Recombinant L-methionine α-deamino-γ-mercaptomethane lyase (recombinant methioninase [rMETase]) [EC 4.4.1.11] from Pseudomonas putida has been previously cloned and was produced in Escherichia coli (AntiCancer, Inc., San Diego, CA) [20, 23]. rMETase is a homotetrameric PLP enzyme of 172-kDa molecular mass [20, 25].

Treatment study design

PDOX mouse models were randomized into two groups: untreated control; rMETase (100 units, i.p., 14 consecutive days). Tumor length and width were measured at post-treatment. Tumor volume was calculated with the following formula: Tumor volume (mm3) = length (mm) × width (mm) × width (mm) × ½ [26].

Intra-tumor MET level analysis

Each tumor was sonicated for 30 seconds on ice and centrifuged at 12,000 rpm for 10 minutes. Supernatants were collected and protein levels were measured using the Coomassie Protein Assay Kit (Thermo Scientific, Rockford, IL). Protein levels were calculated from a standard curve obtained with a protein standard, bovine serum albumin (BSA). MET levels were determined with the HPLC procedure described previously. MET levels were calculated per mg tumor protein [26].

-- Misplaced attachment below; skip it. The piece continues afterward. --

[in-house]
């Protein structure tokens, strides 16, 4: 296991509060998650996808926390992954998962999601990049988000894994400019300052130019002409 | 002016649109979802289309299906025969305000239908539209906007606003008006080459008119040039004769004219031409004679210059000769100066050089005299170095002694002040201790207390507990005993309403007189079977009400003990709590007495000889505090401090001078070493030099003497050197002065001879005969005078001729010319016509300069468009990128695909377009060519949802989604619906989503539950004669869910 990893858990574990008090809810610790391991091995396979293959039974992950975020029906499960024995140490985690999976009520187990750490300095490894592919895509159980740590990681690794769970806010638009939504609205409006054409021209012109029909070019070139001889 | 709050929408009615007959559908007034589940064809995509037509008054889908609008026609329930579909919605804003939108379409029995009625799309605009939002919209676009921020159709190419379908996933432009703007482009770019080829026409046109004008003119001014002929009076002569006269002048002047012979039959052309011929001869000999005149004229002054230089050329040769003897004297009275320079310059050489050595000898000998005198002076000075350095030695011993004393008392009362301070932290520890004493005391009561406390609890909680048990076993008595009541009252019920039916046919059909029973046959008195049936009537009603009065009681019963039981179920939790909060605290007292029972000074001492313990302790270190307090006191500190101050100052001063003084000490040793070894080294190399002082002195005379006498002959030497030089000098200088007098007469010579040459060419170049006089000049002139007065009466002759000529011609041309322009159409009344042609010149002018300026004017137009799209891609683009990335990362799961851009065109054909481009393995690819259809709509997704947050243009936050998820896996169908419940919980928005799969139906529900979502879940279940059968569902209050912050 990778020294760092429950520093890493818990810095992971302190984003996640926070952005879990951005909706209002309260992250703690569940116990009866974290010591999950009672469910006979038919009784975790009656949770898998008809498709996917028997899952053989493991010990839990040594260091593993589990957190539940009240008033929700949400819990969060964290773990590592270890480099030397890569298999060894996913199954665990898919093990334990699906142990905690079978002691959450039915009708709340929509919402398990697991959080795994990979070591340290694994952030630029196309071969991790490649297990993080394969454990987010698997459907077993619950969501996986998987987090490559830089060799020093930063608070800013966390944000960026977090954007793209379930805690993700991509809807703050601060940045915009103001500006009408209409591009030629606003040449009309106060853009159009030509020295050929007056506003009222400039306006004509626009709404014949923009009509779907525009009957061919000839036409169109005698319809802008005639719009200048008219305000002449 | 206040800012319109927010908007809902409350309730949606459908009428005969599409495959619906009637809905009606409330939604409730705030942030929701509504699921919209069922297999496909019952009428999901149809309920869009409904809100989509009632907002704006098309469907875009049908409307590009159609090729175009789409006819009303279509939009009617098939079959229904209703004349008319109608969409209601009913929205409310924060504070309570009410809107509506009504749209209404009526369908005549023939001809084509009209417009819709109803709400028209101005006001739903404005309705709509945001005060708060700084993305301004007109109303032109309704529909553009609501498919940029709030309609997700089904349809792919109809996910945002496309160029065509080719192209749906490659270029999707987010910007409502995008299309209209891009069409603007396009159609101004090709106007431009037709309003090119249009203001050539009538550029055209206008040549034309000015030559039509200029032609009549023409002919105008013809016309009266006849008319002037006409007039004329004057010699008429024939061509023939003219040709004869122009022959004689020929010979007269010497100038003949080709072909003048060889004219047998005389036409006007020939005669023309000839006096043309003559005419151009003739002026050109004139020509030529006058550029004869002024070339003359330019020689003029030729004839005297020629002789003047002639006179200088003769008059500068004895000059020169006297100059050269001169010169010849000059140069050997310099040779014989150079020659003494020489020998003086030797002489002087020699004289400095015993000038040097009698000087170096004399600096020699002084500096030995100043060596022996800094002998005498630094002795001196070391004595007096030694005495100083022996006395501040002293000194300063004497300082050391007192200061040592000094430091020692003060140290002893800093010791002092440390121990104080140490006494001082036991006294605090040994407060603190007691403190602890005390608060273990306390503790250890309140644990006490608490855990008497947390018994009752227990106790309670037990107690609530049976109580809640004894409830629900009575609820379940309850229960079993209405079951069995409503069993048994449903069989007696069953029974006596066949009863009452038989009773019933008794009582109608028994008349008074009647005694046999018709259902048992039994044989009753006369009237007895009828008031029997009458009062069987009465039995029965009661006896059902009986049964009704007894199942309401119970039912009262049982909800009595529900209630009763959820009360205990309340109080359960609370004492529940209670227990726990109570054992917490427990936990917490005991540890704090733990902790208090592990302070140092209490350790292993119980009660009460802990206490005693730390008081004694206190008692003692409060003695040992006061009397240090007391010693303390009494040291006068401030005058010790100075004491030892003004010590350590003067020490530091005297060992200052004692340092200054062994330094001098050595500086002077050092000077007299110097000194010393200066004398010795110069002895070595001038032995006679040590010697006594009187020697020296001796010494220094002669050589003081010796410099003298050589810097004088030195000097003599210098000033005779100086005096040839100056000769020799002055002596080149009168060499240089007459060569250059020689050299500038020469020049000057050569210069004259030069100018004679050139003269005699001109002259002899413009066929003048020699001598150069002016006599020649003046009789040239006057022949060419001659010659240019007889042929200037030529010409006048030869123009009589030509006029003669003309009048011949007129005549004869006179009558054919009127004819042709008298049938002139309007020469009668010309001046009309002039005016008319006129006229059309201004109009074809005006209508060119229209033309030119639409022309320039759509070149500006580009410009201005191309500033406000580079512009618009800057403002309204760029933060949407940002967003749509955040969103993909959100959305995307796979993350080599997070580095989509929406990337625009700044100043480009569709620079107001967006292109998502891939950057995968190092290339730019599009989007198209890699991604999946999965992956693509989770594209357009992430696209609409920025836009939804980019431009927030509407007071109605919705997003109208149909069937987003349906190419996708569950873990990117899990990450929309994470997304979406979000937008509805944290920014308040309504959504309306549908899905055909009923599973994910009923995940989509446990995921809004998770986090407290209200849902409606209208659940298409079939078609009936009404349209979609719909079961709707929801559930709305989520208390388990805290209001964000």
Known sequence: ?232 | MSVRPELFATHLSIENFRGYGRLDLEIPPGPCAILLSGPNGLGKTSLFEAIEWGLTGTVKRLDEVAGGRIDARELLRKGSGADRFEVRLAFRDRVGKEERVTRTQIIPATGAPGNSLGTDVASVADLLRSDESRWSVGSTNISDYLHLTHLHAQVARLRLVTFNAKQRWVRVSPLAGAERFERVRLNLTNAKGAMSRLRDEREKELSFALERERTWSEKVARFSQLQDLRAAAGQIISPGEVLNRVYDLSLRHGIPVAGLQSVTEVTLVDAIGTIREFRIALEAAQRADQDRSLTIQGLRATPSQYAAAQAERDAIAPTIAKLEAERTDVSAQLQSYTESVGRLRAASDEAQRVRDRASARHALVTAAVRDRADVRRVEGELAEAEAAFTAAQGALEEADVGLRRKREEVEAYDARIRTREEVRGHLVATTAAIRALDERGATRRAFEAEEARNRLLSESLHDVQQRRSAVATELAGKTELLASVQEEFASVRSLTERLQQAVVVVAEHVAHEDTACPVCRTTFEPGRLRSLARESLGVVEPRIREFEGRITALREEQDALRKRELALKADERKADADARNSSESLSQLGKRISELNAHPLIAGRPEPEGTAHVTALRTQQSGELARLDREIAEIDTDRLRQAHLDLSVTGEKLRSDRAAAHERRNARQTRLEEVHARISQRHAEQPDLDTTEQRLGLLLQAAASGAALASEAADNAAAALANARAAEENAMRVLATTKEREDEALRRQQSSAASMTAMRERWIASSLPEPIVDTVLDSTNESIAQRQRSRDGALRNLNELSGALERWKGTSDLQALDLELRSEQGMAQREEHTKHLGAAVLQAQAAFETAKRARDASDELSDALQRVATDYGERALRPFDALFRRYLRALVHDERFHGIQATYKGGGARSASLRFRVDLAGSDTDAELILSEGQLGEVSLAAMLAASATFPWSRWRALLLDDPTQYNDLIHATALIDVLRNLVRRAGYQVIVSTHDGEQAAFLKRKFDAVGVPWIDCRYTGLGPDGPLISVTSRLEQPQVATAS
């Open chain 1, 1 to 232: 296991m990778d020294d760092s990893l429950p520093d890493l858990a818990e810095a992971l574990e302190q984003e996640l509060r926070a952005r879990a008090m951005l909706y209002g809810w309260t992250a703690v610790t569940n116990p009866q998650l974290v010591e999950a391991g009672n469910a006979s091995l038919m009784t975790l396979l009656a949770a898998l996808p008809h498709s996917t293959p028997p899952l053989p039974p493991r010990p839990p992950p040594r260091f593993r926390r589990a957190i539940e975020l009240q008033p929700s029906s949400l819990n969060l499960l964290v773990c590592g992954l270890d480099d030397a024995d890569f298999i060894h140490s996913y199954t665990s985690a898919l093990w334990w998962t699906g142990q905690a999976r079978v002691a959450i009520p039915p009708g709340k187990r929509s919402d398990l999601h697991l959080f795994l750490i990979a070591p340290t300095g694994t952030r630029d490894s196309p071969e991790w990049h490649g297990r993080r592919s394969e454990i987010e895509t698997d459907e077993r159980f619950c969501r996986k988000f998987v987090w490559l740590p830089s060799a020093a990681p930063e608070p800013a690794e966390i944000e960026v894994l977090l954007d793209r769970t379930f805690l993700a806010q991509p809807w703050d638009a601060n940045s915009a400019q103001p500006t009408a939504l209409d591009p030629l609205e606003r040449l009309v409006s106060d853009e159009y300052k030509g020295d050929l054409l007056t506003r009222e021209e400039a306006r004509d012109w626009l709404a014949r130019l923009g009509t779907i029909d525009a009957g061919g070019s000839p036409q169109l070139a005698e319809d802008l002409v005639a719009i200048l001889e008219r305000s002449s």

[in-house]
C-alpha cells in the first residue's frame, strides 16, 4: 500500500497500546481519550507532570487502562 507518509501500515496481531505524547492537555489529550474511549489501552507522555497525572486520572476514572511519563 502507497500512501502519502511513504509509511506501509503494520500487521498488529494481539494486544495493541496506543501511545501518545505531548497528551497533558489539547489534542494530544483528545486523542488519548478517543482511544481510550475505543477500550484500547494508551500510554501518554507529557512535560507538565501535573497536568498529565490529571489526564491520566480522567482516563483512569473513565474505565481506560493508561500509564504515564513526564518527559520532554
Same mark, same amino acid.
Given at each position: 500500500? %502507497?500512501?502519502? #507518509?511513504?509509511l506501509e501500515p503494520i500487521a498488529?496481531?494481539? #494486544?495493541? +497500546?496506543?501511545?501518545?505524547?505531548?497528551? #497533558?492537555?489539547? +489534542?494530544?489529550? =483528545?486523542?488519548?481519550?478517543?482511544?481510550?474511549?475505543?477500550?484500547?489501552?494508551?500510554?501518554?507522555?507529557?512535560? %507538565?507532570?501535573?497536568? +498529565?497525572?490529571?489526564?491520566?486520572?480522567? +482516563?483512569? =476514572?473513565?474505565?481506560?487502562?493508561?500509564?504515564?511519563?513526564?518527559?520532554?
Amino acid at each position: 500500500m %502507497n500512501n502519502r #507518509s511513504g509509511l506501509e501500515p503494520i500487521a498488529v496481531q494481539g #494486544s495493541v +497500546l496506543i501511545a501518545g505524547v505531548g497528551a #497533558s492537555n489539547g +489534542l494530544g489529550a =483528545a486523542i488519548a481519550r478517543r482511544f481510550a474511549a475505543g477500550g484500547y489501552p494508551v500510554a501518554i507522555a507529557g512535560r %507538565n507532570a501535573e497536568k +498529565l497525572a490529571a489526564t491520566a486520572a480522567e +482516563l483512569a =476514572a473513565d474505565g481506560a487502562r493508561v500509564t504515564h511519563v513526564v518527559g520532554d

Statistical analysis

JMP version 11.0 was used for analysis of variance (ANOVA). A probability value of P ≤ 0.05 was considered statistically significant.

CONCLUSIONS

Currently melanoma [5659] and pancreatic cancer [60, 61] are recalcitrant diseases with no reliable therapy. The results of the present study indicate that rMETase has general clinical potential to improve the outcome for both diseases as non-BRAF-V600E melanoma is also sensitive to rMETase [62].

DEDICATION

This paper is dedicated to the memory of A. R. Moossa, M.D., Sun Lee, M.D. and Shigeo Yagi, Ph.D.

CONFLICTS OF INTEREST

The authors declare no conflicts of interest.